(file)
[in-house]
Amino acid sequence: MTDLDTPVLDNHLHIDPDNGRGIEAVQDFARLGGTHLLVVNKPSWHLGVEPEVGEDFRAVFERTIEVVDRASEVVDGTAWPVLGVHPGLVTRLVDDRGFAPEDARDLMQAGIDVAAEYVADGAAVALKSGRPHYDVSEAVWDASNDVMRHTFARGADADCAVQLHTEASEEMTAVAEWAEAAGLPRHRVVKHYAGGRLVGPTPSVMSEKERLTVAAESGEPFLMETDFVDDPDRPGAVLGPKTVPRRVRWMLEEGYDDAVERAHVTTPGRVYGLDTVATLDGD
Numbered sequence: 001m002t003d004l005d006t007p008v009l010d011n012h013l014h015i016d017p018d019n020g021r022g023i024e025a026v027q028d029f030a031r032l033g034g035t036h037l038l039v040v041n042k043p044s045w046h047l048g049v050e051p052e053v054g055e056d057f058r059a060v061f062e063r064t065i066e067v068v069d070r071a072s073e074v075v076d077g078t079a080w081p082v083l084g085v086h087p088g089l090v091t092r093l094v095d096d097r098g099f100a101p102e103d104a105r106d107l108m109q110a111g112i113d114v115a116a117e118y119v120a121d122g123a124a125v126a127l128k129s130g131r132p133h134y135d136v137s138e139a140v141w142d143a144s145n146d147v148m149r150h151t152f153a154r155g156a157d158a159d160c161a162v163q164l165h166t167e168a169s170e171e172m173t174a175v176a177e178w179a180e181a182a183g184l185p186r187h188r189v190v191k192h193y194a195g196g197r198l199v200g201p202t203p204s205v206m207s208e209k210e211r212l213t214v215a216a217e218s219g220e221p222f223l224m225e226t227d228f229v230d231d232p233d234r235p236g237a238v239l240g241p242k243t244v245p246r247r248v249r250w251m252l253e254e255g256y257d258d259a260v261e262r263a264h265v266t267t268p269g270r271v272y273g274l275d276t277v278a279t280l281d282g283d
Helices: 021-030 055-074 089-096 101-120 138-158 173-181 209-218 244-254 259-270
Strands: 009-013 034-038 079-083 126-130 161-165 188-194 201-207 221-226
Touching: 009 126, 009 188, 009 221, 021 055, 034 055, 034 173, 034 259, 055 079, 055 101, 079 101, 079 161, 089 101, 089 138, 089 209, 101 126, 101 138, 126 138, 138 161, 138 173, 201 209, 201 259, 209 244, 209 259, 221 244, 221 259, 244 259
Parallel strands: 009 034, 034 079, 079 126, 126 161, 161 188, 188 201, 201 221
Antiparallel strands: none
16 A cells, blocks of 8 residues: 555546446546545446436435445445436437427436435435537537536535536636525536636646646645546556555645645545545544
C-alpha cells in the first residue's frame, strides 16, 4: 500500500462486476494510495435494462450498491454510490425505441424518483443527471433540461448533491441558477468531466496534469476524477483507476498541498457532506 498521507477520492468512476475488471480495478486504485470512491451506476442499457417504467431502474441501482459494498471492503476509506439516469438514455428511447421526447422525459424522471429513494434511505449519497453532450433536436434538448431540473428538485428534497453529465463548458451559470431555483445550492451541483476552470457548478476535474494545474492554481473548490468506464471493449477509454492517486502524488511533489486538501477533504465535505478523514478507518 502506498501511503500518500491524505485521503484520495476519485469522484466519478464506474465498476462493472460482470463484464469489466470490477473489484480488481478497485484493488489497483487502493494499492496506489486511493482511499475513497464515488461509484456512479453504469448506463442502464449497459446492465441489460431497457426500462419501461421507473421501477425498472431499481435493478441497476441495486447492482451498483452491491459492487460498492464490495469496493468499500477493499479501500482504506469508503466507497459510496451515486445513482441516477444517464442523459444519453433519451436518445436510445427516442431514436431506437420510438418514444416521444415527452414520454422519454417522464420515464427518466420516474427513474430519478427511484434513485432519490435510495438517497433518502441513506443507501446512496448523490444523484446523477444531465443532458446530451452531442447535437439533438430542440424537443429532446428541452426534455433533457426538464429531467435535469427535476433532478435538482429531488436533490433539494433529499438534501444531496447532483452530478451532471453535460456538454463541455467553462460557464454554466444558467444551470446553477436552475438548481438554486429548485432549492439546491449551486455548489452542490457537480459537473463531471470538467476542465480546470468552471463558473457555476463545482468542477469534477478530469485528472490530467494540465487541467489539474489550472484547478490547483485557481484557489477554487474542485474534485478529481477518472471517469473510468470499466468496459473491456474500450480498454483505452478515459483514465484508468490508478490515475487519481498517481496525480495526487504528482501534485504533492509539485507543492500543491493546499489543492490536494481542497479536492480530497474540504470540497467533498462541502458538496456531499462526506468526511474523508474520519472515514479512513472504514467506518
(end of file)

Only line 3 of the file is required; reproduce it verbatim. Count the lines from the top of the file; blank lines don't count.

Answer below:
Numbered sequence: 001m002t003d004l005d006t007p008v009l010d011n012h013l014h015i016d017p018d019n020g021r022g023i024e025a026v027q028d029f030a031r032l033g034g035t036h037l038l039v040v041n042k043p044s045w046h047l048g049v050e051p052e053v054g055e056d057f058r059a060v061f062e063r064t065i066e067v068v069d070r071a072s073e074v075v076d077g078t079a080w081p082v083l084g085v086h087p088g089l090v091t092r093l094v095d096d097r098g099f100a101p102e103d104a105r106d107l108m109q110a111g112i113d114v115a116a117e118y119v120a121d122g123a124a125v126a127l128k129s130g131r132p133h134y135d136v137s138e139a140v141w142d143a144s145n146d147v148m149r150h151t152f153a154r155g156a157d158a159d160c161a162v163q164l165h166t167e168a169s170e171e172m173t174a175v176a177e178w179a180e181a182a183g184l185p186r187h188r189v190v191k192h193y194a195g196g197r198l199v200g201p202t203p204s205v206m207s208e209k210e211r212l213t214v215a216a217e218s219g220e221p222f223l224m225e226t227d228f229v230d231d232p233d234r235p236g237a238v239l240g241p242k243t244v245p246r247r248v249r250w251m252l253e254e255g256y257d258d259a260v261e262r263a264h265v266t267t268p269g270r271v272y273g274l275d276t277v278a279t280l281d282g283d